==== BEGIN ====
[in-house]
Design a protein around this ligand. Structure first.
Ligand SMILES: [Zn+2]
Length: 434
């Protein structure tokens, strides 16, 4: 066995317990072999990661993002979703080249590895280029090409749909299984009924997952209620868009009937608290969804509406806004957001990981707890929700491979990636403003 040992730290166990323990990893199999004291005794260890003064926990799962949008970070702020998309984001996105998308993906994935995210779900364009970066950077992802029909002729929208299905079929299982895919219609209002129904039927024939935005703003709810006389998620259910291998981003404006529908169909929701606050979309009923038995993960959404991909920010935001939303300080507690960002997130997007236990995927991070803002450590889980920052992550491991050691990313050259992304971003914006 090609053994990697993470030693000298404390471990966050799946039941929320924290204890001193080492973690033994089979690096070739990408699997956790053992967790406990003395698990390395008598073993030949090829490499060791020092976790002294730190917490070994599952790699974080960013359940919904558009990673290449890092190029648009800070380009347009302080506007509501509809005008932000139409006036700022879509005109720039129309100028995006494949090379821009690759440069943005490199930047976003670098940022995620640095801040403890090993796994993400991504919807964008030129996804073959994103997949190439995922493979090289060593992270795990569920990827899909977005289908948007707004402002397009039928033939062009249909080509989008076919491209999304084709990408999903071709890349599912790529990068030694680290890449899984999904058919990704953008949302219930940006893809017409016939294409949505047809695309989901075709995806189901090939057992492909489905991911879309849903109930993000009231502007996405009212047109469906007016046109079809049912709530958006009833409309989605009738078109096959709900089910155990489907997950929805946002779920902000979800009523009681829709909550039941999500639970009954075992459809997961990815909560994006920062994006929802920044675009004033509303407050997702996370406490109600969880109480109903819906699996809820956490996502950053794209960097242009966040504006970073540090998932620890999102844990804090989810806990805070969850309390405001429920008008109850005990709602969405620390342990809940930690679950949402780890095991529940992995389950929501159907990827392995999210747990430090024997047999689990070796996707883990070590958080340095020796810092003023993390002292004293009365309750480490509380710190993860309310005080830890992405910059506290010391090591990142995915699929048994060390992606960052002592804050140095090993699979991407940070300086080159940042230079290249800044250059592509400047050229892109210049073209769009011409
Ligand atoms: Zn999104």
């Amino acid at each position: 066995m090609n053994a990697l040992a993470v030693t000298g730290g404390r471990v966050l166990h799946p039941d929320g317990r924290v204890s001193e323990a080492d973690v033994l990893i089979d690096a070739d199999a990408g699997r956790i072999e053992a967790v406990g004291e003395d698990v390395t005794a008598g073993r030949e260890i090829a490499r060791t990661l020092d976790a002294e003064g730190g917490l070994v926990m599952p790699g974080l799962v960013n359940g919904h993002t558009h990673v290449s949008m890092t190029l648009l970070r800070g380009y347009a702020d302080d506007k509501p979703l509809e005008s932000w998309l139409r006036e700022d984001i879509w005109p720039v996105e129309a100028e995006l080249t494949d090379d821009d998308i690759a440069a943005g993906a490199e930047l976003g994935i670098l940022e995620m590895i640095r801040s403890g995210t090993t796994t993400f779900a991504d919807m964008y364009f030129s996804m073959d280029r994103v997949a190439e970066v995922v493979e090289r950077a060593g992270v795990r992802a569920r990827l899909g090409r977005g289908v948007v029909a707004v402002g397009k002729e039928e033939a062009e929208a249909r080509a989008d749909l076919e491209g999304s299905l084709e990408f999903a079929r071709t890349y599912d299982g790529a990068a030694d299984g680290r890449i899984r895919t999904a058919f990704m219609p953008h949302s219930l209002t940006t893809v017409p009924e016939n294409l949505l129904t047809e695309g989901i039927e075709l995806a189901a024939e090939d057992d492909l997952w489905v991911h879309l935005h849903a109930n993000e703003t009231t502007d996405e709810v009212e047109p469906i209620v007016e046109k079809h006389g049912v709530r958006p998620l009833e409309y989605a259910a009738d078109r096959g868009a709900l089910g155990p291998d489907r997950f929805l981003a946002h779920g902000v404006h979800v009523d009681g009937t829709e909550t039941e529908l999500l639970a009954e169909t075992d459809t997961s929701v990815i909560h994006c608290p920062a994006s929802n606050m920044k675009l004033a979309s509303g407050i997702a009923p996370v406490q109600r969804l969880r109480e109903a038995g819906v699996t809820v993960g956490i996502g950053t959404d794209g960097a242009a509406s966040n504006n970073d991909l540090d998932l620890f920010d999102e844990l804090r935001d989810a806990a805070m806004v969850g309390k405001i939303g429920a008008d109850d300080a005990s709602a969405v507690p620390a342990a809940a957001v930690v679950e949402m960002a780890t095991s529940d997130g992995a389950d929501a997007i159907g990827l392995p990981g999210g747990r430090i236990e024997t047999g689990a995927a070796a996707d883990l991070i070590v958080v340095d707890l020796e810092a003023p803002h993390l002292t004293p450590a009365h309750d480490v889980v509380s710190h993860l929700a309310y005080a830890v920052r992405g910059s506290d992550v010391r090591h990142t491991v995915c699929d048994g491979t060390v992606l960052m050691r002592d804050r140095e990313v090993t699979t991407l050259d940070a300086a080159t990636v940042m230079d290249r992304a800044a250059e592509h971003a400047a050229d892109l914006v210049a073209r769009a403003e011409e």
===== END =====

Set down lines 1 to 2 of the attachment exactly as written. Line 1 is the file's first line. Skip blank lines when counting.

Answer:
[in-house]
Design a protein around this ligand. Structure first.